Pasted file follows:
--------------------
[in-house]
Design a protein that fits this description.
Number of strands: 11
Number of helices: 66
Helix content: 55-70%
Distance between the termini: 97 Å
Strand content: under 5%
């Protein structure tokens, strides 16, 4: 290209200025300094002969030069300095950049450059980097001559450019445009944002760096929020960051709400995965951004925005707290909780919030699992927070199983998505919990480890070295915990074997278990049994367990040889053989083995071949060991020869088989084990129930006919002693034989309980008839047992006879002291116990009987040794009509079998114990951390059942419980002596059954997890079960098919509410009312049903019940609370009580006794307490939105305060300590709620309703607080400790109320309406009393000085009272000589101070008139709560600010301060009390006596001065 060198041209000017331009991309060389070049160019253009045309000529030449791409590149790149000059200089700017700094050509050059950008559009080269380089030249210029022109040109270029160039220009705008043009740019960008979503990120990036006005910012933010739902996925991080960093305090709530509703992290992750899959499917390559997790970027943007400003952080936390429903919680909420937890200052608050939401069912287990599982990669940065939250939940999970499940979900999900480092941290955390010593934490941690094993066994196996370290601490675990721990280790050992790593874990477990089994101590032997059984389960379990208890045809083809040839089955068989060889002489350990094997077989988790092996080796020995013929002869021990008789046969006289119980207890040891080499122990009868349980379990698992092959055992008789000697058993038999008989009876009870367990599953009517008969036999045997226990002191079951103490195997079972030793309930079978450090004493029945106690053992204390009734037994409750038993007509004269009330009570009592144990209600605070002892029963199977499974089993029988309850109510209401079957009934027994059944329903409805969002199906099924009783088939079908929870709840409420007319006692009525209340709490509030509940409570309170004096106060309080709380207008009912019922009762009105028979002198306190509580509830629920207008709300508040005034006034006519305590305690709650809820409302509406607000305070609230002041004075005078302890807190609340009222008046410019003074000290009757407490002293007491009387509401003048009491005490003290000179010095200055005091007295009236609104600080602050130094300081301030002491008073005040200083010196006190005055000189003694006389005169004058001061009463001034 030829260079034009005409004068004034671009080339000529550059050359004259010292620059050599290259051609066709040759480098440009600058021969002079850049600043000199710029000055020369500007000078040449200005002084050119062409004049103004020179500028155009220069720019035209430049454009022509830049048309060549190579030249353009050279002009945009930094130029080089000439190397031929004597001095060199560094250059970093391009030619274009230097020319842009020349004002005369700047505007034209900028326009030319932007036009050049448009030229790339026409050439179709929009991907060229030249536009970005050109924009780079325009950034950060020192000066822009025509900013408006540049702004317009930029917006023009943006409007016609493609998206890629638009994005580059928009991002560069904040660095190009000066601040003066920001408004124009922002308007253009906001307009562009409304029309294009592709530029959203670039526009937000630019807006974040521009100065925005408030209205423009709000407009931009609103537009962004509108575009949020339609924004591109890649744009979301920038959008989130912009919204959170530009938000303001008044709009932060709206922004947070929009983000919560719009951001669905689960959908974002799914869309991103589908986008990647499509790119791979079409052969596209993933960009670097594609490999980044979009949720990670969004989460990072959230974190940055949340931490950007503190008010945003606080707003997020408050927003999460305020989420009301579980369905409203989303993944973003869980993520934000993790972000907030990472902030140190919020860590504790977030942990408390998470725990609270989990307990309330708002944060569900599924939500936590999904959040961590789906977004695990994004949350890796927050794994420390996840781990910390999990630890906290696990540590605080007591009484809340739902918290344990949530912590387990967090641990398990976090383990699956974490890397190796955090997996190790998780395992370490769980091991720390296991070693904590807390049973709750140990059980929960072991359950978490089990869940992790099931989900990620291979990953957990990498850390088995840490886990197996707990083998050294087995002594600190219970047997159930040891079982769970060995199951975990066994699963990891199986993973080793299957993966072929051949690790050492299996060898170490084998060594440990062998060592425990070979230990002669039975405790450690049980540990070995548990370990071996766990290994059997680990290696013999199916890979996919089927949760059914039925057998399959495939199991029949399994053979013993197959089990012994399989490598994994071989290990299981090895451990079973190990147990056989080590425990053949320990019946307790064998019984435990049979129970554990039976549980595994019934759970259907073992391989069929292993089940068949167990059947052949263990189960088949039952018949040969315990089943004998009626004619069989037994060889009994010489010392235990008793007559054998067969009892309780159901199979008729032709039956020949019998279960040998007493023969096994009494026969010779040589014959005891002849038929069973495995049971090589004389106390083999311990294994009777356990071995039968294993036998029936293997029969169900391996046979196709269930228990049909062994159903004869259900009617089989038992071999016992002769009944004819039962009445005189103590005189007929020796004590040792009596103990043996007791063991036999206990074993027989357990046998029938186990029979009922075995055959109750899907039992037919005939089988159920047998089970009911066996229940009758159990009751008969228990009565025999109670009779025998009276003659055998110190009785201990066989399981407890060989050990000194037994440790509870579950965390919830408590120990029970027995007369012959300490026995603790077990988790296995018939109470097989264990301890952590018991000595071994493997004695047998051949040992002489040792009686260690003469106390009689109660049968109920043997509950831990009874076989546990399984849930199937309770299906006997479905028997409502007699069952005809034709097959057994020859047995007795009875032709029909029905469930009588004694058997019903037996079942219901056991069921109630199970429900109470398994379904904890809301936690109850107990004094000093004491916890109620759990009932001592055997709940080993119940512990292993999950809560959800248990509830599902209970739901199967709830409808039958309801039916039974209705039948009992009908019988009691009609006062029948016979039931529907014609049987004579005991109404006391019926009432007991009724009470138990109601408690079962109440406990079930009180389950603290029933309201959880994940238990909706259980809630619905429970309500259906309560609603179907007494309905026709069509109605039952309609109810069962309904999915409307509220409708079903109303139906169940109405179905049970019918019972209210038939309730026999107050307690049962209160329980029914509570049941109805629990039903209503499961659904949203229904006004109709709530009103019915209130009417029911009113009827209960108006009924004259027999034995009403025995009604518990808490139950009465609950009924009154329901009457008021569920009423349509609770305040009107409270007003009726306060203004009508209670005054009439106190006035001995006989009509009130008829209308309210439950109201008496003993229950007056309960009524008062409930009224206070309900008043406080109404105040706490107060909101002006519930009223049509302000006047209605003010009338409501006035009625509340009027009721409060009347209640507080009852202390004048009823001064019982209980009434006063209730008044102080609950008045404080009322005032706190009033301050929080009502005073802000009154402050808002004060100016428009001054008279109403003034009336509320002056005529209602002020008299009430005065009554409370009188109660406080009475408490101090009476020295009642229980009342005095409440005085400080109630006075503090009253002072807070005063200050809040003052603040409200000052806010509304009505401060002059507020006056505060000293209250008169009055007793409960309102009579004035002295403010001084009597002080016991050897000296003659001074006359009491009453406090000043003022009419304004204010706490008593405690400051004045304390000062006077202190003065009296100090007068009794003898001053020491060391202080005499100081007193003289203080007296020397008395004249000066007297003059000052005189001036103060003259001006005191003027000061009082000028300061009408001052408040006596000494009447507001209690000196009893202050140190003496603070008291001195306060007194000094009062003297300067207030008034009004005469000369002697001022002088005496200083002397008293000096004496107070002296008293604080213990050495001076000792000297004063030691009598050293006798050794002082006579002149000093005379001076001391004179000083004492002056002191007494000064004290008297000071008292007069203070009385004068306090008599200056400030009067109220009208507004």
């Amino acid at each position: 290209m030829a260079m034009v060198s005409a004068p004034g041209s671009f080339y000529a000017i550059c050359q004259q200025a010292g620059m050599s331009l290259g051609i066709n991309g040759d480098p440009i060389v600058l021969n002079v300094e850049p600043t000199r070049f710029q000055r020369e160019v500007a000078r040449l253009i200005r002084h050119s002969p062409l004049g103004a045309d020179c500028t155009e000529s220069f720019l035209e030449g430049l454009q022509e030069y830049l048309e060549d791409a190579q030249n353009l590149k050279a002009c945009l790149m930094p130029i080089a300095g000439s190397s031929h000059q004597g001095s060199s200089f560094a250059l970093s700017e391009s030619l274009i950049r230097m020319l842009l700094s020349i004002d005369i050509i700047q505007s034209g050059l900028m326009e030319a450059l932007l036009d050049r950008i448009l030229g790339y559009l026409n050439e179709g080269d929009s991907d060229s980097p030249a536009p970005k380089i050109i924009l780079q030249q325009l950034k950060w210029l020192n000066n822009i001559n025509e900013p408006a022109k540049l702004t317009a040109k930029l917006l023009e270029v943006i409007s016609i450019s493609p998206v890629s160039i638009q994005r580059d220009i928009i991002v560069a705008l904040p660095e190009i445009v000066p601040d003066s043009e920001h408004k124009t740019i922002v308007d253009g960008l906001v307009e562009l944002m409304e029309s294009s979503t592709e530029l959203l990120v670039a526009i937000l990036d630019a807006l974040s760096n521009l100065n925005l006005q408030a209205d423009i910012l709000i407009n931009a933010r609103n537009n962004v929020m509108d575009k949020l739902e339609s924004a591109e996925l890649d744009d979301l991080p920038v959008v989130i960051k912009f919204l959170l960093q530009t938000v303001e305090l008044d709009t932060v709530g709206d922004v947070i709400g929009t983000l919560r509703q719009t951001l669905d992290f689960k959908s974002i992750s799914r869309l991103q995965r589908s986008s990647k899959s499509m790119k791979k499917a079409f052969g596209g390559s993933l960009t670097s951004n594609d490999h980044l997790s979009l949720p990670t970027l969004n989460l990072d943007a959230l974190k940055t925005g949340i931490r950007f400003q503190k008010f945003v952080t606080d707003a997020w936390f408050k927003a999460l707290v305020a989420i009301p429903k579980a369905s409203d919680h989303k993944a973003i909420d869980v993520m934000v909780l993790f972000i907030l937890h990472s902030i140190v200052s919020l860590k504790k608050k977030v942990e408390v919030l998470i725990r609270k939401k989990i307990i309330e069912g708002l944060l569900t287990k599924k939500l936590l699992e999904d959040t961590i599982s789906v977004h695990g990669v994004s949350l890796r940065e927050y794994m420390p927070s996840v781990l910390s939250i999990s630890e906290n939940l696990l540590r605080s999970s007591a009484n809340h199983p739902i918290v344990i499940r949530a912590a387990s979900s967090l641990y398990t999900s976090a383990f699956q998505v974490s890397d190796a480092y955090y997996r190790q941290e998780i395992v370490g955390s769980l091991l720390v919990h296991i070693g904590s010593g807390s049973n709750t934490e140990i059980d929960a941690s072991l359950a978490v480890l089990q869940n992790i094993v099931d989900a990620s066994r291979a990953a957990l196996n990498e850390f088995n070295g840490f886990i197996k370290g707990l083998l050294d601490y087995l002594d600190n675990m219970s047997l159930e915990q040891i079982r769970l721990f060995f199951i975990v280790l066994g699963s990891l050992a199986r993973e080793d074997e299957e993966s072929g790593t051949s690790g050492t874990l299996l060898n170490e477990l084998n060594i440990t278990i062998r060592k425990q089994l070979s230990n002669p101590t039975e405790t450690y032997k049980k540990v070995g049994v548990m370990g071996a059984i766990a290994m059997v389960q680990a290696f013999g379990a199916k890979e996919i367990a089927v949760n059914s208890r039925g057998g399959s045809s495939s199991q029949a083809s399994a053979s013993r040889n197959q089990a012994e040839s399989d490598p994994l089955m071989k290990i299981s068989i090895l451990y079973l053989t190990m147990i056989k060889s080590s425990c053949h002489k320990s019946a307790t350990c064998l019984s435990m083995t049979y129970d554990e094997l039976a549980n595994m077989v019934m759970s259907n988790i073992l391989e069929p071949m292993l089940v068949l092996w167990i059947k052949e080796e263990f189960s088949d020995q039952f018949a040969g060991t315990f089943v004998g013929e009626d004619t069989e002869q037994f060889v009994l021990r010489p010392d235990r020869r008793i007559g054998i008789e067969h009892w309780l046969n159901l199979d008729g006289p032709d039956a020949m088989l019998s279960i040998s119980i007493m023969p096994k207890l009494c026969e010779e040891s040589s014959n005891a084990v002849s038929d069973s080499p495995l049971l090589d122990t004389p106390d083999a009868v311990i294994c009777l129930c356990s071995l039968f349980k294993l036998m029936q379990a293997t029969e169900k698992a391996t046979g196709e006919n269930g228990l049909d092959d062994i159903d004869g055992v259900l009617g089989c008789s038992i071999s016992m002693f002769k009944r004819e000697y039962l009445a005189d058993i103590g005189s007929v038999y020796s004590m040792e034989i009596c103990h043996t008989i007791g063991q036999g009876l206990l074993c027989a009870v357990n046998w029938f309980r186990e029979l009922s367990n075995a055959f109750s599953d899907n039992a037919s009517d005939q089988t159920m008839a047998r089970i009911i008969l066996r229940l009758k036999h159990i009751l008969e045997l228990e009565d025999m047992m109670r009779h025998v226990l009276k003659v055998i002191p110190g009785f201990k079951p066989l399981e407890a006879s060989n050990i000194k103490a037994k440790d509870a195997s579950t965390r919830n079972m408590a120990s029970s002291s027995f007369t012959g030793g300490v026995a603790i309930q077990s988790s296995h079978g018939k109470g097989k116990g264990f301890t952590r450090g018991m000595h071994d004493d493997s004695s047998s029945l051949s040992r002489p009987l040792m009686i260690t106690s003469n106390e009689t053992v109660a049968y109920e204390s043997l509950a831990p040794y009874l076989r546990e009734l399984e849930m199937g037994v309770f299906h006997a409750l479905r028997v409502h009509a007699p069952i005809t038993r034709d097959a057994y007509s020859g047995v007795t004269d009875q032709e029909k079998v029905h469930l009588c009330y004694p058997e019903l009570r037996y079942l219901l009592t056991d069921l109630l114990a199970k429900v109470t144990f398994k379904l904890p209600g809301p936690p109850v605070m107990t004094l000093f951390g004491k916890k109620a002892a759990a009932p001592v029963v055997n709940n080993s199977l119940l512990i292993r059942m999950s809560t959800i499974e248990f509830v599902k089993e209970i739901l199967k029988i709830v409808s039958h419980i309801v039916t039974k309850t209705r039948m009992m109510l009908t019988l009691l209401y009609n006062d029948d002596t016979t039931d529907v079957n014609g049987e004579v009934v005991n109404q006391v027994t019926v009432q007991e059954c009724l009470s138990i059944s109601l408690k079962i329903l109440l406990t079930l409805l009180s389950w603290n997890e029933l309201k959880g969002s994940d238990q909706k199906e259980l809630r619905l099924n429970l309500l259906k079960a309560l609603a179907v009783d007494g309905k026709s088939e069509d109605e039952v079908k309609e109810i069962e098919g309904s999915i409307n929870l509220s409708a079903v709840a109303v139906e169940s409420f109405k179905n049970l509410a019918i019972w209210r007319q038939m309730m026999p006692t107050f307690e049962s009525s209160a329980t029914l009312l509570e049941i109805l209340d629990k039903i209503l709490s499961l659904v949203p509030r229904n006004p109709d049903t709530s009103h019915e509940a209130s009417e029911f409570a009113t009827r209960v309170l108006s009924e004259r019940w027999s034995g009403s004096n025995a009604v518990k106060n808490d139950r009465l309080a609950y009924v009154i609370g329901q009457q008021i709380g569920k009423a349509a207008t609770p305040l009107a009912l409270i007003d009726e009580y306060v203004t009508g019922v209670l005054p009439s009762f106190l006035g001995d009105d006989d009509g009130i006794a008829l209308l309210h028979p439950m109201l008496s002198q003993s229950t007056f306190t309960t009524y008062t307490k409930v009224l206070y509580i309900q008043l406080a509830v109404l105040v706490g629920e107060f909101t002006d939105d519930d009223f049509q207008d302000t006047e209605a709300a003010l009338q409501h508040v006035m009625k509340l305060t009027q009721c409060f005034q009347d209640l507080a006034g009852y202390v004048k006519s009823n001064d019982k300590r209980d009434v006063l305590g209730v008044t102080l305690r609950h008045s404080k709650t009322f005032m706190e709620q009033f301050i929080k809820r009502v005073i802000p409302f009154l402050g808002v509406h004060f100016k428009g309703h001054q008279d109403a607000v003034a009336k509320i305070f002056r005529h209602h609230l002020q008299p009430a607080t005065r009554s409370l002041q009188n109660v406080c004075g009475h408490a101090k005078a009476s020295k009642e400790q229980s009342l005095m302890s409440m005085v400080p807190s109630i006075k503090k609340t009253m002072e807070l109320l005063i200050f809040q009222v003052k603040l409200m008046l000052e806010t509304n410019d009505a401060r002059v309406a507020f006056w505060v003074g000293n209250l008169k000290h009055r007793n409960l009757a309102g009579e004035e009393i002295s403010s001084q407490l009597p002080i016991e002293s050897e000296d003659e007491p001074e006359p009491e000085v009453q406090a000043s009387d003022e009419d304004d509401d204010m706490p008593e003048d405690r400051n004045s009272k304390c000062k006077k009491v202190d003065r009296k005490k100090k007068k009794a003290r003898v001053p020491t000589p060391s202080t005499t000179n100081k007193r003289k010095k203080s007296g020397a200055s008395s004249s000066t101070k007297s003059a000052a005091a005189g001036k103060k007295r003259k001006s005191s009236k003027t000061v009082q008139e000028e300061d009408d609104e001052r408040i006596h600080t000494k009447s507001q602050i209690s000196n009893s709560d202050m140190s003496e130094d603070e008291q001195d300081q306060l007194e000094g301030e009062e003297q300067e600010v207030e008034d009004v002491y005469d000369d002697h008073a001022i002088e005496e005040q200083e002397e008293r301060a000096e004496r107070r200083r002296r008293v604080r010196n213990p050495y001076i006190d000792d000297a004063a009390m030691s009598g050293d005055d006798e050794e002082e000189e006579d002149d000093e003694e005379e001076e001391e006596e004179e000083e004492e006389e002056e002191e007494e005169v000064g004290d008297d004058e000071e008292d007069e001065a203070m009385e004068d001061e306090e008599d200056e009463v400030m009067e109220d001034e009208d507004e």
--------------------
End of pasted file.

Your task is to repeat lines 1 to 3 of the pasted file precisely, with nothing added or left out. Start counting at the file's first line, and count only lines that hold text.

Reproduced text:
[in-house]
Design a protein that fits this description.
Number of strands: 11